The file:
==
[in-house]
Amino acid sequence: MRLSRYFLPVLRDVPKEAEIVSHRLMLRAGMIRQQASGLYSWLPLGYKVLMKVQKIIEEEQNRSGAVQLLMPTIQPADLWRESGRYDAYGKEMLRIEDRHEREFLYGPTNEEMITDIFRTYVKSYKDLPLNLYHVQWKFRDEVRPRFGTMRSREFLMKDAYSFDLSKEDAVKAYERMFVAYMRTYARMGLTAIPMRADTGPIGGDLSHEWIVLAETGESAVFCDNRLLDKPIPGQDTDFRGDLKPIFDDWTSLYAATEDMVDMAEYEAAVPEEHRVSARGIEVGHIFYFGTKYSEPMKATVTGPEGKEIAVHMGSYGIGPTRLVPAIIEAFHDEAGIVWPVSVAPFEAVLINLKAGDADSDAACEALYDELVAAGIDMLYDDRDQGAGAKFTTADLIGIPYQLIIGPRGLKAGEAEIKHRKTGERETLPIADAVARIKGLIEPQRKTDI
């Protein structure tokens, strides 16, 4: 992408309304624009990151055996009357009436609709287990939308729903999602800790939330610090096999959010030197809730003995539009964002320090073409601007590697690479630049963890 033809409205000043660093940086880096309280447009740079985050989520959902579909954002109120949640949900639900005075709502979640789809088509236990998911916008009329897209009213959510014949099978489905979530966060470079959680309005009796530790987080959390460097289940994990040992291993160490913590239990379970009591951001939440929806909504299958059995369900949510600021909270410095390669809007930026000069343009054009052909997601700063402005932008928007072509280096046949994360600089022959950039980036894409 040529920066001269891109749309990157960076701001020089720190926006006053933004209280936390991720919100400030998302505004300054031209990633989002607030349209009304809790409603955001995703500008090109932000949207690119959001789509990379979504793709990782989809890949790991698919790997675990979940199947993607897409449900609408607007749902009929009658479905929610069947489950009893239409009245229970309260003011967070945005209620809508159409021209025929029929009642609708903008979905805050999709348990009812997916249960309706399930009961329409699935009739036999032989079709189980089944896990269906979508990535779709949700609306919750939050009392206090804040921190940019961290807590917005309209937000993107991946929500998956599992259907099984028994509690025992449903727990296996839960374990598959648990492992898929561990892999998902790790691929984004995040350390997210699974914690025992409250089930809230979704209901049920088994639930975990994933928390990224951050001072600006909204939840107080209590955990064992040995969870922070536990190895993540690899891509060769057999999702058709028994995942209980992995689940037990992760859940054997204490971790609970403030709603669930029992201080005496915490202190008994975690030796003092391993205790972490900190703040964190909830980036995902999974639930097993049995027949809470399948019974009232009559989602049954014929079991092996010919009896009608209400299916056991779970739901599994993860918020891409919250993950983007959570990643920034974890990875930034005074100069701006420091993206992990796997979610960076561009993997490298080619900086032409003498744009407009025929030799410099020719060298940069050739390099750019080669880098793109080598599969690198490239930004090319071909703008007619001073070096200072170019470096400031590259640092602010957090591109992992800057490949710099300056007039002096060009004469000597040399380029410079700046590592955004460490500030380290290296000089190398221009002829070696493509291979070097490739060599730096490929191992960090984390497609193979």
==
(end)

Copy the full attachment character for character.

[in-house]
Amino acid sequence: MRLSRYFLPVLRDVPKEAEIVSHRLMLRAGMIRQQASGLYSWLPLGYKVLMKVQKIIEEEQNRSGAVQLLMPTIQPADLWRESGRYDAYGKEMLRIEDRHEREFLYGPTNEEMITDIFRTYVKSYKDLPLNLYHVQWKFRDEVRPRFGTMRSREFLMKDAYSFDLSKEDAVKAYERMFVAYMRTYARMGLTAIPMRADTGPIGGDLSHEWIVLAETGESAVFCDNRLLDKPIPGQDTDFRGDLKPIFDDWTSLYAATEDMVDMAEYEAAVPEEHRVSARGIEVGHIFYFGTKYSEPMKATVTGPEGKEIAVHMGSYGIGPTRLVPAIIEAFHDEAGIVWPVSVAPFEAVLINLKAGDADSDAACEALYDELVAAGIDMLYDDRDQGAGAKFTTADLIGIPYQLIIGPRGLKAGEAEIKHRKTGERETLPIADAVARIKGLIEPQRKTDI
């Protein structure tokens, strides 16, 4: 992408309304624009990151055996009357009436609709287990939308729903999602800790939330610090096999959010030197809730003995539009964002320090073409601007590697690479630049963890 033809409205000043660093940086880096309280447009740079985050989520959902579909954002109120949640949900639900005075709502979640789809088509236990998911916008009329897209009213959510014949099978489905979530966060470079959680309005009796530790987080959390460097289940994990040992291993160490913590239990379970009591951001939440929806909504299958059995369900949510600021909270410095390669809007930026000069343009054009052909997601700063402005932008928007072509280096046949994360600089022959950039980036894409 040529920066001269891109749309990157960076701001020089720190926006006053933004209280936390991720919100400030998302505004300054031209990633989002607030349209009304809790409603955001995703500008090109932000949207690119959001789509990379979504793709990782989809890949790991698919790997675990979940199947993607897409449900609408607007749902009929009658479905929610069947489950009893239409009245229970309260003011967070945005209620809508159409021209025929029929009642609708903008979905805050999709348990009812997916249960309706399930009961329409699935009739036999032989079709189980089944896990269906979508990535779709949700609306919750939050009392206090804040921190940019961290807590917005309209937000993107991946929500998956599992259907099984028994509690025992449903727990296996839960374990598959648990492992898929561990892999998902790790691929984004995040350390997210699974914690025992409250089930809230979704209901049920088994639930975990994933928390990224951050001072600006909204939840107080209590955990064992040995969870922070536990190895993540690899891509060769057999999702058709028994995942209980992995689940037990992760859940054997204490971790609970403030709603669930029992201080005496915490202190008994975690030796003092391993205790972490900190703040964190909830980036995902999974639930097993049995027949809470399948019974009232009559989602049954014929079991092996010919009896009608209400299916056991779970739901599994993860918020891409919250993950983007959570990643920034974890990875930034005074100069701006420091993206992990796997979610960076561009993997490298080619900086032409003498744009407009025929030799410099020719060298940069050739390099750019080669880098793109080598599969690198490239930004090319071909703008007619001073070096200072170019470096400031590259640092602010957090591109992992800057490949710099300056007039002096060009004469000597040399380029410079700046590592955004460490500030380290290296000089190398221009002829070696493509291979070097490739060599730096490929191992960090984390497609193979």